Edwin Hubble settles the debate about the nature of spiral nebulae and the size of the universe with his measurement of distances to some nearby spiral nebulae. His measurements locate them far outside our Milky Way galaxy and shows that the universe is composed of many thousands of such galaxies.


Physicist and Roman Catholic priest, Georges Lemaître, uses Einstein's field equations to propose an expanding universe before Hubble's corroborating evidence in 1929 and to derive Hubble's Law. He successfully predicted the value of the Hubble constant.


By measuring the red shift of galaxies, Edwin Hubble determined that galaxies are receding from us at a rate proportional to their distance, as predicted by the Big Bang theory. He formulated Hubble's Law: V = HD (where V = velocity; H is a constant; D = distance).


Georges Lemaître traces the expanding universe back in time to when space and time themselves began with quantum fluctuations in a vacuum; back to the time of the Big Bang.


Fritz Zwicky and Walter Baade propose that supernovas are a transitional phase in a star's life cycle from a normal star to a neutron star. A key prediction of their model is the emission of cosmic rays from supernova.


Applying the virial theorem to his observations of the Coma cluster of galaxies, Fritz Zwicky deduces the existence of dark matter holding galaxies together. He accurately calculated that galaxies are comprised of 90% dark matter and predicted the effects of gravitational lensing.


Using the cosmological principle, Fred Hoyle, Thomas Gold and Hermann Bondi propose a steady state universe in opposition to the standard Big Bang model. In a steady state universe, matter is constantly created and inserted as the universe expands, thus maintaining a constant density.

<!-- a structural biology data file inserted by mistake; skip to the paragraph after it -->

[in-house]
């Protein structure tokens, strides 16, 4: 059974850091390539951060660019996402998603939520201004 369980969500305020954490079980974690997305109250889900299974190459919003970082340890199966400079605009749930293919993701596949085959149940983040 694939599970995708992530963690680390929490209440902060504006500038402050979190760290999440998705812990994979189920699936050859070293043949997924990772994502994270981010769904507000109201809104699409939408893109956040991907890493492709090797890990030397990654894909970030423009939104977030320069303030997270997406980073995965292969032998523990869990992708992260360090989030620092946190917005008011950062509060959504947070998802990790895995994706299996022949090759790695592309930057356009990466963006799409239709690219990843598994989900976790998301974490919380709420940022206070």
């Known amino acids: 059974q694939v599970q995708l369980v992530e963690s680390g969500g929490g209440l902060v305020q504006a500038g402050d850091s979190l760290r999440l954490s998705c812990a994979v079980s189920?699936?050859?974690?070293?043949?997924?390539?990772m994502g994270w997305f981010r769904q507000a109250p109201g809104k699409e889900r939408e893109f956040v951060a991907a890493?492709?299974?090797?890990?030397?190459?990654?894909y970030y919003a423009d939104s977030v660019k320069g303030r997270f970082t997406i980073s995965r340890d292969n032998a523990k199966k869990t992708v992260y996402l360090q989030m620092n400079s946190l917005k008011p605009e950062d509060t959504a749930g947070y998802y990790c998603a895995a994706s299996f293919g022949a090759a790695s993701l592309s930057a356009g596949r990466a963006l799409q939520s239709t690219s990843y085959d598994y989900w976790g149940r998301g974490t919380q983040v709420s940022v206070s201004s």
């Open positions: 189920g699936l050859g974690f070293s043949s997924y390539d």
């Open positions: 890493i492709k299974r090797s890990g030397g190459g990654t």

Ralph Alpher, Robert Herman and George Gamow analysed the conditions moments after the Big Bang to propose how complex elements are formed from nucleosynthesis. They accurately predicted the temperature of the residual cosmic microwave background (CMB) radiation.


Fred Hoyle uses the term 'Big Bang' for the first time to contrast it with his steady state model.


Robert Dicke introduces the weak anthropic principle; the principle that we as observers can only exist in a universe where the force of gravity is weak, allowing stars to burn for eons and carbon-based life to evolve.


Arno Penzias and Robert Wilson from Bell Telephone Laboratories measure the cosmic microwave background (CMB) radiation generated 380,000 years after the Big Bang. The measurements validate the predictions of Ralph Alpher, Robert Herman and George Gamow in 1948 and disprove Fred Hoyle's steady state model of the universe.


James Peebles, in his 'Primordial Helium Abundance and the Primordial Fireball. II', shows how the Big Bang model predicts the correct abundance of helium in the current universe.


Robert Wagoner, William Fowler and Fred Hoyle, in their 'On the Synthesis of Elements at Very High Temperatures', show how the Big Bang model predicts the correct abundances of deuterium and lithium in the current universe.


Measuring spiral galaxy rotation curves, Vera Rubin and Kent Ford reveal galaxies to contain 90% dark matter. This data vindicates Fritz Zwicky's dark matter predictions made in 1934.


Alan Guth and Alexei Starobinsky independently propose a modification of the standard Big Bang model to incorporate a period of rapid inflation in order to solve the horizon and flatness problems of the Big Bang model.


Viatcheslav Mukhanov and Gennady Chibisov propose that the initial quantum fluctuations at the time of the Big Bang result in the large scale structure in an inflationary universe. Their model predicted the degree of temperature fluctuations in the cosmic microwave background (CMB) radiation.


James Peebles, J. Richard Bond, George Blumenthal and others propose that cold dark matter makes up about 80% of the matter in the universe.


Mordehai Milgrom proposes his rival Modified Newtonian Dynamics (MoND) theory to the existence dark matter. On his theory, attractive gravitational forces become very small at large distances from the galactic centre.


M. Davis, G. Efstathiou, C. S. Frenk and S. D. M. White run large computer simulations of the formation of cosmic structures. The simulations match closely observations related to cold dark matter but fail for hot dark matter.